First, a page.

Circadian rhythms controlled by intrinsic biological clocks enable anticipatory changes in cellular physiology to promote adaptation to daily environmental cycles. The pervasiveness of circadian programs among eukaryotes and cyanobacteria suggests that circadian clocks confer a fitness advantage to organisms exposed to fluctuating growth environments. Despite the ubiquity of circadian clocks, the specific benefits of circadian systems to overall fitness have remained elusive. Previous studies in the model cyanobacterium Synechococcus elongatus PCC 7942 demonstrated that cyanobacteria whose circadian period closely matches the external light cycle are more fit than strains with periods that differ. Importantly, these studies relied on mutants with defective core clocks, which resulted in previously unappreciated pleiotropic consequences. Here, we propose to test the fitness benefit of circadian rhythms in cyanobacteria using a strain that is unable to produce oscillations in gene expression despite possessing an intact circadian clock, in order to avoid biases encountered by clock mutants. The previously described crm1 mutant contains a transposon insertion in the crm (circadian rhythmicity modulator) ORF that results in arrhythmic expression of clock controlled genes. The crm1 allele elicits phenotypes distinct from arrhythmic kaiC-null and rpaA-null strains, and the crm1 mutant grows in alternating light-dark cycles, providing a strain with moderate arrhythmic gene expression ideal for fitness studies. Competition experiments between the arrhythmic crm1 mutant and WT or other arrhythmic mutants, coupled with metabolic profiles and high-throughput TnSeq-based genetic interaction screens in the crm1 background, will improve our understanding of the fitness consequences encountered by cyanobacteria that fail to maintain rhythmic gene expression. Furthermore, this work is intended to characterize the RpaA-modulating activity of the enigmatic Crm peptide, adding to our model of factors that influence clock output. Taken together, this work has the potential to inform future studies regarding clock-controlled fitness in humans. It is becoming increasingly apparent that the toll of modern life ? including shiftwork, blue-light exposure, jet travel and other behaviors ? can profoundly disrupt circadian programs in a variety of mammalian tissues, contributing to disease. Our ability to assess the fitness advantage of biological clocks in mammalian tissues is limited, necessitating tractable model organisms such as S. elongatus to investigate fitness components of the clock network. The work may provide a framework for future understanding and treatment of circadian disruption in humans.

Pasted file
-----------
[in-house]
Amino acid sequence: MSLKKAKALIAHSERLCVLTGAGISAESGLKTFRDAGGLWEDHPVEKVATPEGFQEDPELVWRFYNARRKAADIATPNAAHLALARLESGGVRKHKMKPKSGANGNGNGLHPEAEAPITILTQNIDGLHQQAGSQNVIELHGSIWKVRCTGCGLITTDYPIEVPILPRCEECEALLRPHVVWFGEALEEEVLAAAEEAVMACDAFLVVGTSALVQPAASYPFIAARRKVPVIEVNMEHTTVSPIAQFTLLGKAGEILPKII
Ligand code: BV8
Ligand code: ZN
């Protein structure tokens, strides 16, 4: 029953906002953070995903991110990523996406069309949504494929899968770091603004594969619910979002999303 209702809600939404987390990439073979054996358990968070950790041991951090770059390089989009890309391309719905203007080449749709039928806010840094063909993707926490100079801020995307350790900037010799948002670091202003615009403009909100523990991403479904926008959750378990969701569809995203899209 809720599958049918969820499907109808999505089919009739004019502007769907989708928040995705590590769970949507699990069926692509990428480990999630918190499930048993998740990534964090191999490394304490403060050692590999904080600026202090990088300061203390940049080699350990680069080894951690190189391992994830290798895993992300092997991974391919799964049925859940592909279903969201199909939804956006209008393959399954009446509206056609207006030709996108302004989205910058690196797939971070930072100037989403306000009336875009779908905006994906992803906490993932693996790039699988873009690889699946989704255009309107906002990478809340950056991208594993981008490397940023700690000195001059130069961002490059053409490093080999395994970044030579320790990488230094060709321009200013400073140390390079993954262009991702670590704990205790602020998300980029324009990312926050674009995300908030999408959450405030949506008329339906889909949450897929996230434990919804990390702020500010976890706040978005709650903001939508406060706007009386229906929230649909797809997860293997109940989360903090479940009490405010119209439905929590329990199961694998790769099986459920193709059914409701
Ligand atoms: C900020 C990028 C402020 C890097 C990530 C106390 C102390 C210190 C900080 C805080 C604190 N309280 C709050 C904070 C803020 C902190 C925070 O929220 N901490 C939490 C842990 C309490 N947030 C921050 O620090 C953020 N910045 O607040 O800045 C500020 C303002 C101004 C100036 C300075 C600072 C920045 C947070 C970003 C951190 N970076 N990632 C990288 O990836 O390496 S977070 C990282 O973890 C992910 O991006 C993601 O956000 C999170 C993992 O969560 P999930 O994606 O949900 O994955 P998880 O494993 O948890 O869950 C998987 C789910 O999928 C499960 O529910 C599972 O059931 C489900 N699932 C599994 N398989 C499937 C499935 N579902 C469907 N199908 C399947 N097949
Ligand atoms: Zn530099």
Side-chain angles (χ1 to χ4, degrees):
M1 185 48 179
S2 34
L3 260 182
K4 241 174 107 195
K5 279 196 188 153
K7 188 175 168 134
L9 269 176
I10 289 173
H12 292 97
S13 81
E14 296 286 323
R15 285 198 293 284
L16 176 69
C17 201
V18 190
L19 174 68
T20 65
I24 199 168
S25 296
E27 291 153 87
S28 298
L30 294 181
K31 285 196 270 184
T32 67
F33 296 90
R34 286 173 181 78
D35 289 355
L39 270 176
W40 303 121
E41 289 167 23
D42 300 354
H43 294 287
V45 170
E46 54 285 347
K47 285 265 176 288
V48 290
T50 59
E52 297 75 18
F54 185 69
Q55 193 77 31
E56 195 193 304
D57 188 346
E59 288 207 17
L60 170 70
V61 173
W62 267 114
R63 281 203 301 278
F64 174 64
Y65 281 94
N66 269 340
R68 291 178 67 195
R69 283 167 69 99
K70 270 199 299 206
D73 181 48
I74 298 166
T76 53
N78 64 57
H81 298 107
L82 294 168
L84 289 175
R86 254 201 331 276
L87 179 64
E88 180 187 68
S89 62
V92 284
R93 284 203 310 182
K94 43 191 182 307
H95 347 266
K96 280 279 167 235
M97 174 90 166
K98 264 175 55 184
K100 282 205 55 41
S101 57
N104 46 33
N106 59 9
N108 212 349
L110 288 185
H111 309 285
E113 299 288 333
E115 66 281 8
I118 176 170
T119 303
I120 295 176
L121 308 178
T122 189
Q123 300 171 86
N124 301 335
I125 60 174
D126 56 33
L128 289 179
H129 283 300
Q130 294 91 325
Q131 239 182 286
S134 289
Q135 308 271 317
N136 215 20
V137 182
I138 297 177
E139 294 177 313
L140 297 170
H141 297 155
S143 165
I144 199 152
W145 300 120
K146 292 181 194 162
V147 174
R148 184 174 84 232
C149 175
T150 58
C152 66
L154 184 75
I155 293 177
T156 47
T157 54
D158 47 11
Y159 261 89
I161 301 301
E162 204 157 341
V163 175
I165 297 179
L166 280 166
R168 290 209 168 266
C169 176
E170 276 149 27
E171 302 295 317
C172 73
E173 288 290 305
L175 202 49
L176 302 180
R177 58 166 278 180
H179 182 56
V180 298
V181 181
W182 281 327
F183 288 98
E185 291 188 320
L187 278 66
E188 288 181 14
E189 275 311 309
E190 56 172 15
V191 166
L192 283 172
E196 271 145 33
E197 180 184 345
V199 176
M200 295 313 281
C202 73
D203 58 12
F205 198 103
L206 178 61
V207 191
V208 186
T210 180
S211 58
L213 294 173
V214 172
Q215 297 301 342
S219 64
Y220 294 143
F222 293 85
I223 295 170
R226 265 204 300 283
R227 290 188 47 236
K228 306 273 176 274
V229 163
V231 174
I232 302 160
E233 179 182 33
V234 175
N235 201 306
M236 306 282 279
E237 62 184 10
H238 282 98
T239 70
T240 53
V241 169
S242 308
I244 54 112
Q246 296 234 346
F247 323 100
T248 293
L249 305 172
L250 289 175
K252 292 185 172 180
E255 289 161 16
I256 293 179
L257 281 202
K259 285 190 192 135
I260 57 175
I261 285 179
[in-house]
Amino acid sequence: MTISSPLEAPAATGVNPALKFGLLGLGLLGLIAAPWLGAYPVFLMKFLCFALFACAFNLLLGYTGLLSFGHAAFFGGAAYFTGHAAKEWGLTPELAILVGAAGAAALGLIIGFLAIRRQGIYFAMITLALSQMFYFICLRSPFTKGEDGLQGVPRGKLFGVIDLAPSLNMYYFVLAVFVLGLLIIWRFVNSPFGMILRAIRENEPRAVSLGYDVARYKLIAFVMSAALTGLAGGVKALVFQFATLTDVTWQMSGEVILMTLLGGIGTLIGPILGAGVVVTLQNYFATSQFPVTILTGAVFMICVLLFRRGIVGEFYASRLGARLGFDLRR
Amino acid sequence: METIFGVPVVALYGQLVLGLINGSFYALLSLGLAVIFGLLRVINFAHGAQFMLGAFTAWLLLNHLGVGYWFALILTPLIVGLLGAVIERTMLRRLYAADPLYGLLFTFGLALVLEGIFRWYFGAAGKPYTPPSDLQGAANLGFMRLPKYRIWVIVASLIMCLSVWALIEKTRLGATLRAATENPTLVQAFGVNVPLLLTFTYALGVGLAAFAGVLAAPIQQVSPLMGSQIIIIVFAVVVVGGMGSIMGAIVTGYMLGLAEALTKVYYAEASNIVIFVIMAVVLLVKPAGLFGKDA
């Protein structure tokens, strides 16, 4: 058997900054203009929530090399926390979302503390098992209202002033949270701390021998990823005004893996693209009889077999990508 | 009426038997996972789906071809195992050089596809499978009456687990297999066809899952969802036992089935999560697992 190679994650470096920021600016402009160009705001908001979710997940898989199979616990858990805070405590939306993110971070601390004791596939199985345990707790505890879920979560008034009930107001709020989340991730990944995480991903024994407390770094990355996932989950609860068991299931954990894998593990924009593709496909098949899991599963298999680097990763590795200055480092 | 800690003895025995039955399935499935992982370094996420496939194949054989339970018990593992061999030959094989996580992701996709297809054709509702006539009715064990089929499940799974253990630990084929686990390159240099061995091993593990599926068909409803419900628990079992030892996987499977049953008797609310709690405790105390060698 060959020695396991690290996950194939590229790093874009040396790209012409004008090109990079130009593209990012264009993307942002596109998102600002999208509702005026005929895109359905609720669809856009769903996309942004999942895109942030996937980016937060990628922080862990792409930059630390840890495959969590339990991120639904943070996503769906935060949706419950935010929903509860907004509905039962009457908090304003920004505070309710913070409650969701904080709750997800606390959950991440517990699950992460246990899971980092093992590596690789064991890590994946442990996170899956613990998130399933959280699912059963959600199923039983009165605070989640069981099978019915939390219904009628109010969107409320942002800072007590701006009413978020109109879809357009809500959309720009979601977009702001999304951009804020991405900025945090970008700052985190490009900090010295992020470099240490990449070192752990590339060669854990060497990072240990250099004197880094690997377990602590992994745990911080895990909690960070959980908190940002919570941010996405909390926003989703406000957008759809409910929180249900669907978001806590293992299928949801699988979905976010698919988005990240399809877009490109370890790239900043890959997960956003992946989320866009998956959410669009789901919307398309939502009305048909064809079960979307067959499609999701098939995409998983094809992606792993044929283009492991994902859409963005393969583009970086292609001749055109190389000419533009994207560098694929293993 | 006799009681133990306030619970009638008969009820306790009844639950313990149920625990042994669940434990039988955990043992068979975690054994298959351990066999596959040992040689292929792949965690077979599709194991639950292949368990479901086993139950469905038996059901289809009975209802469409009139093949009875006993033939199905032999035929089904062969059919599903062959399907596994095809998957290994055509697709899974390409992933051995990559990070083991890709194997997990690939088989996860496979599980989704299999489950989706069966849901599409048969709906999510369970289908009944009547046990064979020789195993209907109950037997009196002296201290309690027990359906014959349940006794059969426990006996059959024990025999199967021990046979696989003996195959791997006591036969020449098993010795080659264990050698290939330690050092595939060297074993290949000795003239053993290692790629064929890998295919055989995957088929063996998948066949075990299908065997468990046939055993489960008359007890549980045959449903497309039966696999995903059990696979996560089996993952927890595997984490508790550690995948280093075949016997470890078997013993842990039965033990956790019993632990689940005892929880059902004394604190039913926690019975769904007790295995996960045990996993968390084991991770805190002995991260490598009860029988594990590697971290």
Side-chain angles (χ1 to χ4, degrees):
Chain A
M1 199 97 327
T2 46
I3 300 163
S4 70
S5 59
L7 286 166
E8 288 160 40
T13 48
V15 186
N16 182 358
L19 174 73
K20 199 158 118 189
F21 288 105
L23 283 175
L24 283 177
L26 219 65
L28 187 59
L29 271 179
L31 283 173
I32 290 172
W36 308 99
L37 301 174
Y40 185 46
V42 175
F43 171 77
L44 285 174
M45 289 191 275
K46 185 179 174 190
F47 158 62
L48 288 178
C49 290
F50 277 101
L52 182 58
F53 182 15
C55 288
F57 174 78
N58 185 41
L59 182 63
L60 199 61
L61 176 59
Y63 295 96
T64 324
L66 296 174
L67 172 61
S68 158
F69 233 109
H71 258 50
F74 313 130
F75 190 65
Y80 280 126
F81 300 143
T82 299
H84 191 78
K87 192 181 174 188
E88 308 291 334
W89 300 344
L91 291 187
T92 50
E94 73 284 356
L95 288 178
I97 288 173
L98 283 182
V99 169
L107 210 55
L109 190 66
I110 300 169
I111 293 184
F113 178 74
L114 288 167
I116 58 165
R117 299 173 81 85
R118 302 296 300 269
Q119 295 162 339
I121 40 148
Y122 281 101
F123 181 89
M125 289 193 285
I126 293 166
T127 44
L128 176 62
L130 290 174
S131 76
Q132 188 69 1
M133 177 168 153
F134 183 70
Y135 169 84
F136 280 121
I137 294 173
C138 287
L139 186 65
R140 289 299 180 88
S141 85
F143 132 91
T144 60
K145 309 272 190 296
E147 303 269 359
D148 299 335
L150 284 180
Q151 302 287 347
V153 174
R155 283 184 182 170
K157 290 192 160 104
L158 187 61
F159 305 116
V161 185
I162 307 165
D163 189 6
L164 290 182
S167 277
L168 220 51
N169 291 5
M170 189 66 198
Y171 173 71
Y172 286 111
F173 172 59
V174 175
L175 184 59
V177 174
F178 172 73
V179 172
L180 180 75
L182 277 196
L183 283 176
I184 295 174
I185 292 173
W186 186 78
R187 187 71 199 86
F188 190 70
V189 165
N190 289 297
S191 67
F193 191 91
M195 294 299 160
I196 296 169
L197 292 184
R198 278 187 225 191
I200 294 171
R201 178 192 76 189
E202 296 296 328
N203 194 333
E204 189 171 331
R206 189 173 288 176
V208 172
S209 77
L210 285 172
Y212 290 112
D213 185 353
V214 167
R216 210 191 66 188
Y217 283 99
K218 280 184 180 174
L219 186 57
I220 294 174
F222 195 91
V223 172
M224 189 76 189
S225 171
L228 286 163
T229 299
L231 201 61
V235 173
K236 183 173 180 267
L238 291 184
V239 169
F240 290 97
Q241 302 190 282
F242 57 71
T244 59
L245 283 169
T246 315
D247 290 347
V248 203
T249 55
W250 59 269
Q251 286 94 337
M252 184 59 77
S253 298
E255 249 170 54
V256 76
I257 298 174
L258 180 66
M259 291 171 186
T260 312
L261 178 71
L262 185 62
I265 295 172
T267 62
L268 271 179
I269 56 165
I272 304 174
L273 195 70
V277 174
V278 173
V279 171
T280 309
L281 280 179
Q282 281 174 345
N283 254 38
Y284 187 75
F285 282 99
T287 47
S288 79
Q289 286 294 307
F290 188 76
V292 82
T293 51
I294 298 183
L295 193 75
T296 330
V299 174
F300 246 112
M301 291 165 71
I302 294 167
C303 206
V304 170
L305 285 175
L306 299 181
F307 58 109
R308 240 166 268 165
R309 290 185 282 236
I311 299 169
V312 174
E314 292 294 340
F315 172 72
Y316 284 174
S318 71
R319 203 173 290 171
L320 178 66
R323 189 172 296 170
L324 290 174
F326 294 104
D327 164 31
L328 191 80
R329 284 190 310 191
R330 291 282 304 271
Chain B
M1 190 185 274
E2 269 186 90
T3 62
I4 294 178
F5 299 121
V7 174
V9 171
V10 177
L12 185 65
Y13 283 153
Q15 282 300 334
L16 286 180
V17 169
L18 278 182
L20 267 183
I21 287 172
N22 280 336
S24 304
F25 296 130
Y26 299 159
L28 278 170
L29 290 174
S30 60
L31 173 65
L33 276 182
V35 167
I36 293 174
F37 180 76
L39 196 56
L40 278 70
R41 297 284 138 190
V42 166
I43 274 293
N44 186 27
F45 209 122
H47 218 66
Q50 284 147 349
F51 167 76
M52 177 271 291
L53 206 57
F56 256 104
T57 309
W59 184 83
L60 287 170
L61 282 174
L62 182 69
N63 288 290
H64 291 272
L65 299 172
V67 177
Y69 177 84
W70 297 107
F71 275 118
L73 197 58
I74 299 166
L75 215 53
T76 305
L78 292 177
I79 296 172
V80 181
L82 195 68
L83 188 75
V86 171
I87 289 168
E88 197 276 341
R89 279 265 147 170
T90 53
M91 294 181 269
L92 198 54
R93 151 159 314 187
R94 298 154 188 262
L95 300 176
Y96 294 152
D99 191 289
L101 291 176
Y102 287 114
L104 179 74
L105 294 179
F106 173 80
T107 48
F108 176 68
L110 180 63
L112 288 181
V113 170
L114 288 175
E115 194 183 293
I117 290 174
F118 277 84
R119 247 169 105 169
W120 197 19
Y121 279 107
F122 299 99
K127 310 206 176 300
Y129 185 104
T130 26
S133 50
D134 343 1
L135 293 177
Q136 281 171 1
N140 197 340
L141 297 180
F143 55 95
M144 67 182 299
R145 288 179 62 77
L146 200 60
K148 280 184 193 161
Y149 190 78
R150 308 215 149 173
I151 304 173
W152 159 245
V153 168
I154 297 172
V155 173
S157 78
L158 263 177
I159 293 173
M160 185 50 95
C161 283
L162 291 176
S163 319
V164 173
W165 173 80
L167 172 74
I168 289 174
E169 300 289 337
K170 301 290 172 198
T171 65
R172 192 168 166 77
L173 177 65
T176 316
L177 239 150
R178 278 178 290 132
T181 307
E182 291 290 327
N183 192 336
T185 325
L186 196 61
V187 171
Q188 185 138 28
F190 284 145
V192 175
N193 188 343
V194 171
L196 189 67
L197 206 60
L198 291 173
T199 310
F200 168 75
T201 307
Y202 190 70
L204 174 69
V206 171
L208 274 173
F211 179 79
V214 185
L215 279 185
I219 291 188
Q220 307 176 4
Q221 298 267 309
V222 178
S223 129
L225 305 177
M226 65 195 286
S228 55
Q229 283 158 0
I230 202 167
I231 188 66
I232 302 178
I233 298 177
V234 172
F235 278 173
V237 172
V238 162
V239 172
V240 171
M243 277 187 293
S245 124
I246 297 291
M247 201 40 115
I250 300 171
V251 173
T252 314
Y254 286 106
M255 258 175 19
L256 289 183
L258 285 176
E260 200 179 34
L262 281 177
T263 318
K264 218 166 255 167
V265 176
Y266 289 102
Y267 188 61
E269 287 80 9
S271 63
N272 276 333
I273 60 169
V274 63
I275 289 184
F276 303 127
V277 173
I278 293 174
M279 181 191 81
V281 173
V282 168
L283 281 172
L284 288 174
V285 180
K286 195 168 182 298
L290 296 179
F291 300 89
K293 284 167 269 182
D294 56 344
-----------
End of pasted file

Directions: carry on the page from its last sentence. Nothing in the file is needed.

Investigating the impact of biological rhythms on competitive fitness in Synechococcus elongatus will provide a conceptual framework for understanding how circadian disruption in humans gives rise to a variety of disease states. This work is timely given the increasing burden modern life - including light pollution, shift work and dietary patterns - places upon circadian programs.